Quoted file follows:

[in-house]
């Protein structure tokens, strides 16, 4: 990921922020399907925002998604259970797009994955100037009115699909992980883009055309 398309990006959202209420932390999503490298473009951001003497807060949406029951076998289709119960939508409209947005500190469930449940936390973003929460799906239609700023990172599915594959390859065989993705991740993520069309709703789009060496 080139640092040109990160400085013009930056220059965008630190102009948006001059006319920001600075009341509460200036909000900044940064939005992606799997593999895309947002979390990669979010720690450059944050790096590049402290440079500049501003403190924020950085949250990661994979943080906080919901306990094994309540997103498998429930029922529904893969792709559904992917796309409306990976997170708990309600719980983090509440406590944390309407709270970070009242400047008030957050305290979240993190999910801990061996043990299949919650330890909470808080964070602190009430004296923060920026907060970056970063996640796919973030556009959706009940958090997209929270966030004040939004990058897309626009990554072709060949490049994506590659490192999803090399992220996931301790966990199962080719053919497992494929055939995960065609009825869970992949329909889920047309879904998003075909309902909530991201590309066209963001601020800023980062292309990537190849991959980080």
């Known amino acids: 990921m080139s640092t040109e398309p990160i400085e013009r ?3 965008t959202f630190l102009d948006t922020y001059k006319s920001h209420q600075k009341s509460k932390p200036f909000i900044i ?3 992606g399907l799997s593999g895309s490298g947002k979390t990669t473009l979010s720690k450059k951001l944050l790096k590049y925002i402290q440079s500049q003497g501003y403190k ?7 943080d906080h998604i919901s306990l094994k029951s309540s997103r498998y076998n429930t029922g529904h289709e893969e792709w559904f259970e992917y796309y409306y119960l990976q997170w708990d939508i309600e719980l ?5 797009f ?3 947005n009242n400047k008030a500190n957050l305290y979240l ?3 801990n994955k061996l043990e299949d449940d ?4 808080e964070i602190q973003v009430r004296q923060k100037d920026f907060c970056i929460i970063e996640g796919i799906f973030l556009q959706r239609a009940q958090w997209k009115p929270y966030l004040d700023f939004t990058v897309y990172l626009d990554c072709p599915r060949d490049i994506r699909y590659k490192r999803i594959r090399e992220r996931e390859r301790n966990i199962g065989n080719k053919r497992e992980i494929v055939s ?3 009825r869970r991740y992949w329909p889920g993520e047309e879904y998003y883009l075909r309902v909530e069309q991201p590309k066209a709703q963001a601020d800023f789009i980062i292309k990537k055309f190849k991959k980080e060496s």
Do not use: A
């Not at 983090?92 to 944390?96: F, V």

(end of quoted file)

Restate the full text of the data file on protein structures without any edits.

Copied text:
[in-house]
């Protein structure tokens, strides 16, 4: 990921922020399907925002998604259970797009994955100037009115699909992980883009055309 398309990006959202209420932390999503490298473009951001003497807060949406029951076998289709119960939508409209947005500190469930449940936390973003929460799906239609700023990172599915594959390859065989993705991740993520069309709703789009060496 080139640092040109990160400085013009930056220059965008630190102009948006001059006319920001600075009341509460200036909000900044940064939005992606799997593999895309947002979390990669979010720690450059944050790096590049402290440079500049501003403190924020950085949250990661994979943080906080919901306990094994309540997103498998429930029922529904893969792709559904992917796309409306990976997170708990309600719980983090509440406590944390309407709270970070009242400047008030957050305290979240993190999910801990061996043990299949919650330890909470808080964070602190009430004296923060920026907060970056970063996640796919973030556009959706009940958090997209929270966030004040939004990058897309626009990554072709060949490049994506590659490192999803090399992220996931301790966990199962080719053919497992494929055939995960065609009825869970992949329909889920047309879904998003075909309902909530991201590309066209963001601020800023980062292309990537190849991959980080």
């Known amino acids: 990921m080139s640092t040109e398309p990160i400085e013009r ?3 965008t959202f630190l102009d948006t922020y001059k006319s920001h209420q600075k009341s509460k932390p200036f909000i900044i ?3 992606g399907l799997s593999g895309s490298g947002k979390t990669t473009l979010s720690k450059k951001l944050l790096k590049y925002i402290q440079s500049q003497g501003y403190k ?7 943080d906080h998604i919901s306990l094994k029951s309540s997103r498998y076998n429930t029922g529904h289709e893969e792709w559904f259970e992917y796309y409306y119960l990976q997170w708990d939508i309600e719980l ?5 797009f ?3 947005n009242n400047k008030a500190n957050l305290y979240l ?3 801990n994955k061996l043990e299949d449940d ?4 808080e964070i602190q973003v009430r004296q923060k100037d920026f907060c970056i929460i970063e996640g796919i799906f973030l556009q959706r239609a009940q958090w997209k009115p929270y966030l004040d700023f939004t990058v897309y990172l626009d990554c072709p599915r060949d490049i994506r699909y590659k490192r999803i594959r090399e992220r996931e390859r301790n966990i199962g065989n080719k053919r497992e992980i494929v055939s ?3 009825r869970r991740y992949w329909p889920g993520e047309e879904y998003y883009l075909r309902v909530e069309q991201p590309k066209a709703q963001a601020d800023f789009i980062i292309k990537k055309f190849k991959k980080e060496s």
Do not use: A
């Not at 983090?92 to 944390?96: F, V």